When I examined him it was clear that Oscar had lost a significant amount of weight. His ribs were prominent, and I could feel the sharp tips of the bones of his back. When I weighed him, I discovered that he had lost a kilogram since his previous visit.

Physically, I could find no obvious cause of a problem, so I decided that a blood profile was needed…

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Kittens with passengers: ear mites

When a litter of rescued kittens were brought to see me recently, a careful examination of their ears was an important part of the check-up. I introduced the tip ofthe auroscope into each kitten’s ear, and by looking through the instrument I was able to see a magnified view of each ear canal. In normal animals, the pale blue-grey of the eardrum itself can often be seen. However, in these kittens, I could hardly see any normal ear canal. My view was blocked completely by thick, brown, sticky earwax. The cause of the excessive ear wax could be seen very clearly. Tiny white wriggling insect-like creatures could be seen swarming around the inside of each ear. The kittens were infected with ear mites.

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Could your cat have high blood pressure?

High blood pressure is a common problem for humans but did you know that cats can get it too? High blood pressure, also known as hypertension, is actually quite common in older cats, especially those with other diseases such as kidney disease or hyperthyroidism. The symptoms can be quite subtle or mimic those of other diseases so many cases remain undetected for quite some time. If left untreated, however, hypertension can lead to significant secondary health problems, so it’s definitely worth testing for.

What exactly is high blood pressure?

High blood pressure occurs when the pressure within the blood vessels exceeds a certain threshold. Think of the hosepipe used to water your garden. If you turn the tap on too strongly, the water shoots out of the nozzle uncontrollably, damaging your flowers. The same is true for the body – organs like the brain and kidneys need blood to survive but if the blood pressure gets too high….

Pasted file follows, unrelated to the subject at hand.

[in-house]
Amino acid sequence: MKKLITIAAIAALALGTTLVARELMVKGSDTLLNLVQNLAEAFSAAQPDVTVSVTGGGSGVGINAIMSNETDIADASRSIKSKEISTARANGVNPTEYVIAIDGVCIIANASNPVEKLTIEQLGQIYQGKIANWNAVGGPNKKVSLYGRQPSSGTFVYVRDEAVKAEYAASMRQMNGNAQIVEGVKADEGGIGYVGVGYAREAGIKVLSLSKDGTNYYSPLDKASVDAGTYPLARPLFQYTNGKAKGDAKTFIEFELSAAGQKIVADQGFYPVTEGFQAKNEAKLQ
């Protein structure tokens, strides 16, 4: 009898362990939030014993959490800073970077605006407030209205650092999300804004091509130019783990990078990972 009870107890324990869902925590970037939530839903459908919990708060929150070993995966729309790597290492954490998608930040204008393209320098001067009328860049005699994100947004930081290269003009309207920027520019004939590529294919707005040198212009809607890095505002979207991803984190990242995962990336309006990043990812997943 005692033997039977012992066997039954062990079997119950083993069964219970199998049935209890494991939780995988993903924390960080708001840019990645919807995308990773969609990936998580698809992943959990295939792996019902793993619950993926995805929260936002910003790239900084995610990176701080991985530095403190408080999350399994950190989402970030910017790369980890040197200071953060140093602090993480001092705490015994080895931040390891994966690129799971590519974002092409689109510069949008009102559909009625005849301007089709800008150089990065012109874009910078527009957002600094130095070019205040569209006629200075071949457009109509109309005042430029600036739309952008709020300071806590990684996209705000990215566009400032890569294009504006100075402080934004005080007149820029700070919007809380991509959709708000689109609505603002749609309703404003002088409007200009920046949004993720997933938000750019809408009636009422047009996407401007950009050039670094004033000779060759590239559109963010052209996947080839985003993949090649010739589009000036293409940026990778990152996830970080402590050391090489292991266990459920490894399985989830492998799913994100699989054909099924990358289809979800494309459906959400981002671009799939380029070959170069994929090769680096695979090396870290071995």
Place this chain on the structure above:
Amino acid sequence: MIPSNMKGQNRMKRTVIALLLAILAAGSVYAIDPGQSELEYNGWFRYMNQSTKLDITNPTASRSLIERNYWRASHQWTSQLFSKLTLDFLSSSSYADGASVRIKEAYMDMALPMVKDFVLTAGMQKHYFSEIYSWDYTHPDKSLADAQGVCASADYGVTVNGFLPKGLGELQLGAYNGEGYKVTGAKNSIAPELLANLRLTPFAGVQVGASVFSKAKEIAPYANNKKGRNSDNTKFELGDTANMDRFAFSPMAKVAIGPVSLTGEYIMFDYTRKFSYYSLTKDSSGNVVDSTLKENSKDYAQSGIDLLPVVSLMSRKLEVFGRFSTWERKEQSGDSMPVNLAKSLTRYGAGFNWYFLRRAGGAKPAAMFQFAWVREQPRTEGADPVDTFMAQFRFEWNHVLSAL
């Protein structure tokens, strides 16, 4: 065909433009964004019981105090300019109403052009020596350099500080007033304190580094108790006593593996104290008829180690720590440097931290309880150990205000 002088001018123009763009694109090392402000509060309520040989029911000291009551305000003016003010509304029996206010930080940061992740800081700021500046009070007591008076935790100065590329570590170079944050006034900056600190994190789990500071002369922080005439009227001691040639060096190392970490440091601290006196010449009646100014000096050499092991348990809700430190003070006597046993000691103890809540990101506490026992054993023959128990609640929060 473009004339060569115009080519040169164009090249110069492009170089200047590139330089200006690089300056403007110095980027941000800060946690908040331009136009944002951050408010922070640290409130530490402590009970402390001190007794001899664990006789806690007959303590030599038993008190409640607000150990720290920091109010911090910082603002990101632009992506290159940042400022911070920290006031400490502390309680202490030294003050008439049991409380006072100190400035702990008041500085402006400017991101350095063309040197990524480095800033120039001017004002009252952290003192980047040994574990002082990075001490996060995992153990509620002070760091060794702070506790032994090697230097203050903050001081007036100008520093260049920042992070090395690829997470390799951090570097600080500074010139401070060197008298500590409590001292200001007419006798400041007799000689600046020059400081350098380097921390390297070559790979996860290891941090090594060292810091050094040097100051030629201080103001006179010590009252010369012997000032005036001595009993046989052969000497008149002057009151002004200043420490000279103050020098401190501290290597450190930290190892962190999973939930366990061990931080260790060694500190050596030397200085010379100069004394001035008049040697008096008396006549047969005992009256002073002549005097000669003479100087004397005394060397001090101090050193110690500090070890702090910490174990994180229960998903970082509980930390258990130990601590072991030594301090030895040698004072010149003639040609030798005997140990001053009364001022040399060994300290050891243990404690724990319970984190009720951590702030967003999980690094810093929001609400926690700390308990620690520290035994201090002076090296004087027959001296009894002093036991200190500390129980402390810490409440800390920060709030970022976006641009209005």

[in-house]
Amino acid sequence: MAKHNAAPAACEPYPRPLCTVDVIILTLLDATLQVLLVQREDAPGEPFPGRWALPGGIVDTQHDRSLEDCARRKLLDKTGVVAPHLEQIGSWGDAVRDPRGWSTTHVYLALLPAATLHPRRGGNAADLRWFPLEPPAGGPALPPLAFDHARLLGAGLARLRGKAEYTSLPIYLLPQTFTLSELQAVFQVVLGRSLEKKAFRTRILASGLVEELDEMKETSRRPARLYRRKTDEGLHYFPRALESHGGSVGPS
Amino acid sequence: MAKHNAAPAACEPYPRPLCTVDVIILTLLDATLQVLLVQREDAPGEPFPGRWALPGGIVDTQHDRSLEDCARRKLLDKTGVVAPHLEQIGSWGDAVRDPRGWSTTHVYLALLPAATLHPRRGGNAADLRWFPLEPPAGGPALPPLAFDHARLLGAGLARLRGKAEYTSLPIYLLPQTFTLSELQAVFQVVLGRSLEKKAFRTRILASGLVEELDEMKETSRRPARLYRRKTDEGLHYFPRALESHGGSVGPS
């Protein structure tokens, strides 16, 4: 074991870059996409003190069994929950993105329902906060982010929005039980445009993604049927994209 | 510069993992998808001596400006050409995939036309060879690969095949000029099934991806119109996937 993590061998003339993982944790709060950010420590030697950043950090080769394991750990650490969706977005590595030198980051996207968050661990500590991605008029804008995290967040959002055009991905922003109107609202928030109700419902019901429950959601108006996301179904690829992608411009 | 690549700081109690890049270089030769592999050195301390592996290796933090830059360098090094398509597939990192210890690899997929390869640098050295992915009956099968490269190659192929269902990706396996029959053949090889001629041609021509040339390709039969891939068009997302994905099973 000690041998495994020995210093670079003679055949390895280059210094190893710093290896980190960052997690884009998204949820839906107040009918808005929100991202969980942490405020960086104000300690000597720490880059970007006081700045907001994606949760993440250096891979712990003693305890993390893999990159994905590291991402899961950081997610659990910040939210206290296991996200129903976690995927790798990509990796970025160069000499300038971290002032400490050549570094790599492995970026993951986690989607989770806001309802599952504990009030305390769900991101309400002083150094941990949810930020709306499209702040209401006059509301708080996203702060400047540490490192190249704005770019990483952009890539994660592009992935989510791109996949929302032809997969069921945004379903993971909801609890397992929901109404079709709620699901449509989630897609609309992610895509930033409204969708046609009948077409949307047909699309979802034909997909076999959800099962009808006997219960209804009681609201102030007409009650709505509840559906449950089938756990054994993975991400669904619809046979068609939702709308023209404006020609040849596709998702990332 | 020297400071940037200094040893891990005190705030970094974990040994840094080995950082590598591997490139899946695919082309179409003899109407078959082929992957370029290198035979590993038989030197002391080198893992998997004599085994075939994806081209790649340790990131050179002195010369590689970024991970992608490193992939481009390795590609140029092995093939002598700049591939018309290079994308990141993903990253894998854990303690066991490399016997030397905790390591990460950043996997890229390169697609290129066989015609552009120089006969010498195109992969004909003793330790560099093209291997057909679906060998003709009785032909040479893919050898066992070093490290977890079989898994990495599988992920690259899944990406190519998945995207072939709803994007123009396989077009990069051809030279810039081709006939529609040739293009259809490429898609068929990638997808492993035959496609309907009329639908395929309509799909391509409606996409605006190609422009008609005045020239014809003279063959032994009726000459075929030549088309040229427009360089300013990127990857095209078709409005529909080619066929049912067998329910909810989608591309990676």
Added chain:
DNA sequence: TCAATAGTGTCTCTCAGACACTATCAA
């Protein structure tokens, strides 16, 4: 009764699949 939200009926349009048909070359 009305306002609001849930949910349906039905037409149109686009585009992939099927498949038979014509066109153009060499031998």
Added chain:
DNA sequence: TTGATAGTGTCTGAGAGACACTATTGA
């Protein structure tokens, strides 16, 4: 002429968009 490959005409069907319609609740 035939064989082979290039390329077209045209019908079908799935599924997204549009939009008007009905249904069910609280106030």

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Ask a vet online – is there a test for Leptospirosis?

Berry Wilkinson asked:

I was wondering if you can titre test for leptospirosis? Or is it only useful when you are testing sick dogs? Thanks.

Answer:

Hi Berry, thanks for your question about testing for Leptospirosis. To answer it, I’ll briefly discuss Leptospirosis as a disease, then talk about the different diagnostic techniques available. Finally, I’ll discuss vaccination and the implications for diagnosis.

What is Leptospirosis?

Leptospirosis (“Lepto”) is a disease caused by bacteria of the genus Leptospira. There are more than 300 strains (technically called serovars) of the bacteria. In the UK, Leptospira icterohaemorrhagiae and L. canicola used to be the most common, but since widespread vaccination against these has started, it is now thought that L. interrogans and L. kirschneri may be more important.

The disease is transmitted by body fluids of infected animals, including rats. The symptoms of Leptospirosis in dogs include:

Fever and sore muscles.
Loss of appetite, vomiting, diarrhoea and dehydration.
It may cause kidney or liver failure
Sometimes the only symptom is sudden death.
Infected dogs may shed the bacteria in their urine for months or years without showing any clinical signs.
Leptospirosis is highly zoonotic – i.e. it is a high risk pathogen for infecting humans.
How is Leptospirosis diagnosed?

There are four methods to test for Leptospira in clinical samples, of which two are clinically useful. They are:…